On September 29, 1955, at about 8:30 P.M., a Cadillac automobile owned by Jennie Calandriello and travelling in an easterly direction on Newman Spring Road in Middletown Township, Monmouth County, left the highway and crashed into a tree. Two of the occupants of the automobile, Domenic B. Acerra, Jr., who had been driving, and Benjamin E. Smith who had been sitting in the right front seat, were killed; the other three occupants, Fred J. Duncan, James Moyers, and Bruno Talerico, were injured.
On October 20, 1958, many months after the instant proceeding seeking a declaratory judgment was started in this court, jury verdicts totalling $29,500 were returned in the Monmouth County Court against Josephine L. Acerra, as executrix of the estate of Domenic B. Acerra, Jr., and in favor of Duncan, Moyers, Talerico, and the administratrix ad prosequendum of Smith in actions instituted to recover for the injuries and death resulting from the accident.
The ultimate question to be decided by this court is which of two insurance companies, plaintiff Indemnity Insurance Company of North America, hereinafter called "Indemnity," or defendant Metropolitan Casualty Insurance Company of New York, hereinafter called "Metropolitan," is required to pay the judgments and expenses incident to the defense of the law actions; or if both, in what proportion. The limits of each policy far exceed the total of the judgments recovered.
Plaintiffs Indemnity and Josephine L. Acerra, as executrix of the estate of Domenic B. Acerra, Jr., contend that at the time of the accident, there were in force two automobile liability policies which afforded liability insurance coverage to Acerra as the driver of the automobile involved in the accident.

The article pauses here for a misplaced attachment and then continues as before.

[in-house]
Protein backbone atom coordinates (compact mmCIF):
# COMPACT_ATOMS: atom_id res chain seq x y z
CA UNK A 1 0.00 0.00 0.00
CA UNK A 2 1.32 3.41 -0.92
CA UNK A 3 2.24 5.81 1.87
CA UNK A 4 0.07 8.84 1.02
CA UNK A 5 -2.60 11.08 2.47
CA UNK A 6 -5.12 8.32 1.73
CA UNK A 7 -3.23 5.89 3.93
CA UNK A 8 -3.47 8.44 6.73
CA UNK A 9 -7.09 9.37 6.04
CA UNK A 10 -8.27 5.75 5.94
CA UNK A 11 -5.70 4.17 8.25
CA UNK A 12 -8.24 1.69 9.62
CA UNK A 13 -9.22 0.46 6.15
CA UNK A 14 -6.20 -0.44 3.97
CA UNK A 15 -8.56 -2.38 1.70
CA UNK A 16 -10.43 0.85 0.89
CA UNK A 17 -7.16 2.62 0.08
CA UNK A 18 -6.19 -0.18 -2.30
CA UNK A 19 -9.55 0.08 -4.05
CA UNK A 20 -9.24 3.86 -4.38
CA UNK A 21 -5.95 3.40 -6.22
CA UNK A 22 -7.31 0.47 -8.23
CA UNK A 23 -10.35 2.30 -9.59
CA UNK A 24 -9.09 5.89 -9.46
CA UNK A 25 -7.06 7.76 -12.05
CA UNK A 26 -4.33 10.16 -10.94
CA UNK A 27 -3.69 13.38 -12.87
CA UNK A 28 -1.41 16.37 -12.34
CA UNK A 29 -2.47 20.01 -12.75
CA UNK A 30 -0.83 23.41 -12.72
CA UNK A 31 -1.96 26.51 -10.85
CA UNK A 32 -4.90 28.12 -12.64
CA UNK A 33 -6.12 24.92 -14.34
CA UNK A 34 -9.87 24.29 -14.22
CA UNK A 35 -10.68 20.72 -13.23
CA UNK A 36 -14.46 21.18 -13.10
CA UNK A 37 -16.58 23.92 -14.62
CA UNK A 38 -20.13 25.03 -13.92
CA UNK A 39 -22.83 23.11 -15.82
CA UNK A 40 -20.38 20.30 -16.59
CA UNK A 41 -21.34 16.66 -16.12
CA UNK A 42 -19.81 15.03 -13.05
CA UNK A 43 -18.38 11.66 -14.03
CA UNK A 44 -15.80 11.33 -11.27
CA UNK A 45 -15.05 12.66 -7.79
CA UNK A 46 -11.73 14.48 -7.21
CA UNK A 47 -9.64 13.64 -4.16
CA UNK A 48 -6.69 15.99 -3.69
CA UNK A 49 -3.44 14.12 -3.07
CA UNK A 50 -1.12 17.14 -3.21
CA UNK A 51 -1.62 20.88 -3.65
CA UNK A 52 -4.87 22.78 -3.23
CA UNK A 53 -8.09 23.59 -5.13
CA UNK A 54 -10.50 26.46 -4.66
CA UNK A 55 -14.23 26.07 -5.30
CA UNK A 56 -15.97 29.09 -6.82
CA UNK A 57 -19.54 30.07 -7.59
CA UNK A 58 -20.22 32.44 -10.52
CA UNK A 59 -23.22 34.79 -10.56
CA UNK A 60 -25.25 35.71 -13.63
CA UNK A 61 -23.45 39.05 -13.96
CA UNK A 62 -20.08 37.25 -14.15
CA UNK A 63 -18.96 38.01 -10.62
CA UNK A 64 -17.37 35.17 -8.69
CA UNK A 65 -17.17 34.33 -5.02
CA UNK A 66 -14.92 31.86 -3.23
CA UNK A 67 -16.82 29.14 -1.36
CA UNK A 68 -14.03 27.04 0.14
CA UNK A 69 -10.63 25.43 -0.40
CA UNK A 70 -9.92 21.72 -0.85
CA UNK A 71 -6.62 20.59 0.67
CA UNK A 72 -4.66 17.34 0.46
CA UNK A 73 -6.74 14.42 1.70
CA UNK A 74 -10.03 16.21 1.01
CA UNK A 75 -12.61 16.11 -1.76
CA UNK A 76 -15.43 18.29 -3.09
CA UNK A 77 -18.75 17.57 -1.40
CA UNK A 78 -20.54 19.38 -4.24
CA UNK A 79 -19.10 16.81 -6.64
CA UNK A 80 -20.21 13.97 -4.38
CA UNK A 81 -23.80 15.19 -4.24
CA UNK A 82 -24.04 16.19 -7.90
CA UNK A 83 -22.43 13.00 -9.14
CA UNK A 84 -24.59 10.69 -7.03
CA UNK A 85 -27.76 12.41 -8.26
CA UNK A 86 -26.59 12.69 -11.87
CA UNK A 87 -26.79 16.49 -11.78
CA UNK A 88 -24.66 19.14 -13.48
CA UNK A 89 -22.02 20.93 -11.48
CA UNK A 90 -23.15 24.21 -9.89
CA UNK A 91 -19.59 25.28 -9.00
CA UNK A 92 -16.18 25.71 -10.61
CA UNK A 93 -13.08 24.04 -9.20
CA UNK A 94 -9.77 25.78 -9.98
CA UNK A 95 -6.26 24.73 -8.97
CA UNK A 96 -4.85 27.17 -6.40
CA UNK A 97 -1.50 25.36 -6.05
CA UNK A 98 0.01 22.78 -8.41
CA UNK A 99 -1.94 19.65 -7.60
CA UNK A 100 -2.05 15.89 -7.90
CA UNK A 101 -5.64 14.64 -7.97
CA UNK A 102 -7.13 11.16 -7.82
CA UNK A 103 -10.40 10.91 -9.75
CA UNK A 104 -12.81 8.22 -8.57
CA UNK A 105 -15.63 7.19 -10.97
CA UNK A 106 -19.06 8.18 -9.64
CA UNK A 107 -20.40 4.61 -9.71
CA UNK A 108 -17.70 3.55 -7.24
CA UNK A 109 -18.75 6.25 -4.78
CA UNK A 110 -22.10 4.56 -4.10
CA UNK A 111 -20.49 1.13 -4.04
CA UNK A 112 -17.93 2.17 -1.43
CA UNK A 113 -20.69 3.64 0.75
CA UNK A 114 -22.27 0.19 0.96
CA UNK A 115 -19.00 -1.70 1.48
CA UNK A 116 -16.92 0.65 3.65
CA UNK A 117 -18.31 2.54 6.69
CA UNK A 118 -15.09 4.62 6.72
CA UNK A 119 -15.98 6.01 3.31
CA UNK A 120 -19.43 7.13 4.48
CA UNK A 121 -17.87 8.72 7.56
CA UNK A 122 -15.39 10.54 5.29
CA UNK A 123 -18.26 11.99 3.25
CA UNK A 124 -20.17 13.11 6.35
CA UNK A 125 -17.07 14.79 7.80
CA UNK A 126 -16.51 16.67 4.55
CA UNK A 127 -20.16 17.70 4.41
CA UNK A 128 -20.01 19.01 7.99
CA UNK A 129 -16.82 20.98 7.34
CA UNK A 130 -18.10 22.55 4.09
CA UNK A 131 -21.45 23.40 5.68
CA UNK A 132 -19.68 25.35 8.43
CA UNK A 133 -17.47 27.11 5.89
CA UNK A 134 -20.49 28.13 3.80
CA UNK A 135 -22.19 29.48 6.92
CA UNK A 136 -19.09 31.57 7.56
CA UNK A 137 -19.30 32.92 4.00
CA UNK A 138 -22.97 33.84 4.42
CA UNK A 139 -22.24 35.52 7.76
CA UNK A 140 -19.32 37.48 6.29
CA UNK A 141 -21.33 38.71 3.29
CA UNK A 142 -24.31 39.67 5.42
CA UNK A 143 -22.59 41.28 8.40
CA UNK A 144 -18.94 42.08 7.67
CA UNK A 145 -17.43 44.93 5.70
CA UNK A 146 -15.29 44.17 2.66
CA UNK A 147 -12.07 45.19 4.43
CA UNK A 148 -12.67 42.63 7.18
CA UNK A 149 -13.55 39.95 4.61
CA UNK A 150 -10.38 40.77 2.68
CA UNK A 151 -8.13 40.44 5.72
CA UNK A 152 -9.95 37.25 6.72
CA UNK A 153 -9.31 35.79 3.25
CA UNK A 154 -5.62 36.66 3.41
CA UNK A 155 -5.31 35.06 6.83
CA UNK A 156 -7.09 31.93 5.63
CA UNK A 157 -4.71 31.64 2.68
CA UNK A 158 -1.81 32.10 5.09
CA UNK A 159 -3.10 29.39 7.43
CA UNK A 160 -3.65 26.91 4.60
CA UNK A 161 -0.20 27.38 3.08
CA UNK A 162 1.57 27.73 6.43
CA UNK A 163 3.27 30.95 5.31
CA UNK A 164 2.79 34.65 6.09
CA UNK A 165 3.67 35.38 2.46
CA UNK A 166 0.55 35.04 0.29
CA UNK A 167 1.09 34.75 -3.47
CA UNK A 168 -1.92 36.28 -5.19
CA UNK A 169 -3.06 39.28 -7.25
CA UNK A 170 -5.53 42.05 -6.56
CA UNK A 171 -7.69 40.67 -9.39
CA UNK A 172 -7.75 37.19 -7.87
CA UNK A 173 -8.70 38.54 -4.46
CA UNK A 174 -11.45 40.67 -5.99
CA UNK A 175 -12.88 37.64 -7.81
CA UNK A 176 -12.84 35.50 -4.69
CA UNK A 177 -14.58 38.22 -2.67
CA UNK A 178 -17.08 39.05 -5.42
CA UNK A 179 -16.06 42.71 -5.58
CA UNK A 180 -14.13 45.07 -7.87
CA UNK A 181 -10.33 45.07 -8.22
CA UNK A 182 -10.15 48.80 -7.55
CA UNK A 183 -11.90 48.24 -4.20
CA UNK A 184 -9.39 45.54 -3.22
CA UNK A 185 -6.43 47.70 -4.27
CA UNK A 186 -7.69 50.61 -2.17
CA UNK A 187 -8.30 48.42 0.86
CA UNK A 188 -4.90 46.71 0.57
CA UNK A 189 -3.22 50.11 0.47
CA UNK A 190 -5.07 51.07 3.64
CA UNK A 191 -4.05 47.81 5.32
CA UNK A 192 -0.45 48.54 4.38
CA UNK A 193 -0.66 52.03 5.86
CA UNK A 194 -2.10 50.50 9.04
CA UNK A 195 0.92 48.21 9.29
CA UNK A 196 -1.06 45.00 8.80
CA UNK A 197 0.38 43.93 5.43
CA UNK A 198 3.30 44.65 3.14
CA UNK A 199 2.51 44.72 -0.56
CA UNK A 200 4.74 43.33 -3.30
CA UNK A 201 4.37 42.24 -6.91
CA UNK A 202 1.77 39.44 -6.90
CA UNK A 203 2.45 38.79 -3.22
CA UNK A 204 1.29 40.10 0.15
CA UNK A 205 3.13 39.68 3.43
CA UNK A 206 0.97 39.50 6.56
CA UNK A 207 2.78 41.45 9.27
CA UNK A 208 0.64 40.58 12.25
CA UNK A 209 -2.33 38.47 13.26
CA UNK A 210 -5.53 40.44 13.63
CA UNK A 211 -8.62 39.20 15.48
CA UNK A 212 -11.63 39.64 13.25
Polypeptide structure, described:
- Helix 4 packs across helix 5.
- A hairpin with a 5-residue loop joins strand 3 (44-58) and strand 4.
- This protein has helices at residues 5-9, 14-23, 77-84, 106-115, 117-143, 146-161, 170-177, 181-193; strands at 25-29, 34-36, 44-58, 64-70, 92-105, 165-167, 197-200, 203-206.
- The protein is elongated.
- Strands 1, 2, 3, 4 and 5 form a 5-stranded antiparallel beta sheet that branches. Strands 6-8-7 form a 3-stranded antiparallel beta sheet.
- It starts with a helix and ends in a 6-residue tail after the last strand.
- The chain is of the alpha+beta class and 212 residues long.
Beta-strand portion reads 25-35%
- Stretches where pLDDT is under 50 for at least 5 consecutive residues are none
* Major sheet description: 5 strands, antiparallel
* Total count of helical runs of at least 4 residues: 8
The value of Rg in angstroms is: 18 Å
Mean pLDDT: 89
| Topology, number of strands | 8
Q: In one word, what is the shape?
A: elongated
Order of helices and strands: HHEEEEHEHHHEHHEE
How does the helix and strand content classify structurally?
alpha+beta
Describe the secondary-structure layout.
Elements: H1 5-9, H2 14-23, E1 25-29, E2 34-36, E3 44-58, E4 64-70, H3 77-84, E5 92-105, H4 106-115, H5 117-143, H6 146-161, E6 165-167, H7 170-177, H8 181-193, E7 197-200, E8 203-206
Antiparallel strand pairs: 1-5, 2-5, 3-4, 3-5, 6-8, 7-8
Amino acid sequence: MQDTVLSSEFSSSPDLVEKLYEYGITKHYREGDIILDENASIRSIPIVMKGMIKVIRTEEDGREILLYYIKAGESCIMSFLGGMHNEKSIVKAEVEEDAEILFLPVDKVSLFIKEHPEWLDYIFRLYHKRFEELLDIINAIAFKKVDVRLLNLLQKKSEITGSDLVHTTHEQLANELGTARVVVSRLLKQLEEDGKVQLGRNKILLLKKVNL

One policy, issued by plaintiff Indemnity to Domenic B. Acerra, Jr., hereinafter called "Acerra," not only covered the automobile owned by Acerra described therein, but also by "Insurance Agreement V" thereof, provided insurance protection to Acerra, the named insured, while he was driving an automobile other than the one owned by him, subject however to the provisions of the "other insurance" clause of the policy which read in part as follows:
"If the insured has other insurance against a loss covered by this policy * * * the insurance with respect to * * * other automobiles under Insuring Agreement V shall be excess insurance over any other valid and collectible insurance."
The other policy, written by defendant Metropolitan, covered the Cadillac involved in the accident and designated Jennie Calandriello, the owner of that automobile, as the "Named Insured." Under that policy Metropolitan agreed, among other things,
"To pay on behalf of the Insured all sums which the Insured shall become legally obligated to pay as damages because of bodily injury, sickness or disease, including death at any time resulting therefrom, sustained by any person, caused by accident and arising out of the ownership, maintenance or use of the automobile.";
"defend any suit against the Insured alleging such injury, sickness, disease or destruction and seeking damages on account thereof, even if such suit is groundless, false or fraudulent; but the Company may make such investigation, negotiation and settlement of any claim or suit as it deems expedient."
The benefits of the quoted agreements were not limited to the named insured, Jennie Calandriello; the policy contained an "omnibus clause," in which the word "Insured" was defined as follows:
"With respect to the insurance for bodily injury liability and for property damage liability the unqualified word 'Insured' includes the Named Insured and also includes any person while using the automobile
and any person or organization legally responsible for the use thereof, provided the actual use of the automobile is by the Named Insured or with ...